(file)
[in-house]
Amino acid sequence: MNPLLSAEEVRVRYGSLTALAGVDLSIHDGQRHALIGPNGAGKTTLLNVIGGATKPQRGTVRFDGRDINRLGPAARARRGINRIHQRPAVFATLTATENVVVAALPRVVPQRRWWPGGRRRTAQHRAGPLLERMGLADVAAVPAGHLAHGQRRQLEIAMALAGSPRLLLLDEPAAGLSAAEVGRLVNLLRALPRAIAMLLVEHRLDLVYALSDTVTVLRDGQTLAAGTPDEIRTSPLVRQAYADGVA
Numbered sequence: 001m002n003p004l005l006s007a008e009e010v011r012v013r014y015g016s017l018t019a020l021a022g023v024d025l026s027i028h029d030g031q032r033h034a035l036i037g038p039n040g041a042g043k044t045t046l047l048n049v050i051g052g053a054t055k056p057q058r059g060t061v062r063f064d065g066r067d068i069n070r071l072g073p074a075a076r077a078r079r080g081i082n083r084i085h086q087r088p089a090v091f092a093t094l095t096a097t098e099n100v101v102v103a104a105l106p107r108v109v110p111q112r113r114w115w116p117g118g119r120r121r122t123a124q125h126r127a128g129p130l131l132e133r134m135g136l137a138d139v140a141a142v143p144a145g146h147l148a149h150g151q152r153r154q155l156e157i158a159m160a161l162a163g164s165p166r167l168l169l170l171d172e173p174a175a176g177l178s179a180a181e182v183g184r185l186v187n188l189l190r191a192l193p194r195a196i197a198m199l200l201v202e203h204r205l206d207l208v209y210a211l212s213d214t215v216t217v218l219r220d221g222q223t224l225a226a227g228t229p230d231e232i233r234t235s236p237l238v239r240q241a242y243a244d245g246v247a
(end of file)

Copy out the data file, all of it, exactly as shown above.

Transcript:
[in-house]
Amino acid sequence: MNPLLSAEEVRVRYGSLTALAGVDLSIHDGQRHALIGPNGAGKTTLLNVIGGATKPQRGTVRFDGRDINRLGPAARARRGINRIHQRPAVFATLTATENVVVAALPRVVPQRRWWPGGRRRTAQHRAGPLLERMGLADVAAVPAGHLAHGQRRQLEIAMALAGSPRLLLLDEPAAGLSAAEVGRLVNLLRALPRAIAMLLVEHRLDLVYALSDTVTVLRDGQTLAAGTPDEIRTSPLVRQAYADGVA
Numbered sequence: 001m002n003p004l005l006s007a008e009e010v011r012v013r014y015g016s017l018t019a020l021a022g023v024d025l026s027i028h029d030g031q032r033h034a035l036i037g038p039n040g041a042g043k044t045t046l047l048n049v050i051g052g053a054t055k056p057q058r059g060t061v062r063f064d065g066r067d068i069n070r071l072g073p074a075a076r077a078r079r080g081i082n083r084i085h086q087r088p089a090v091f092a093t094l095t096a097t098e099n100v101v102v103a104a105l106p107r108v109v110p111q112r113r114w115w116p117g118g119r120r121r122t123a124q125h126r127a128g129p130l131l132e133r134m135g136l137a138d139v140a141a142v143p144a145g146h147l148a149h150g151q152r153r154q155l156e157i158a159m160a161l162a163g164s165p166r167l168l169l170l171d172e173p174a175a176g177l178s179a180a181e182v183g184r185l186v187n188l189l190r191a192l193p194r195a196i197a198m199l200l201v202e203h204r205l206d207l208v209y210a211l212s213d214t215v216t217v218l219r220d221g222q223t224l225a226a227g228t229p230d231e232i233r234t235s236p237l238v239r240q241a242y243a244d245g246v247a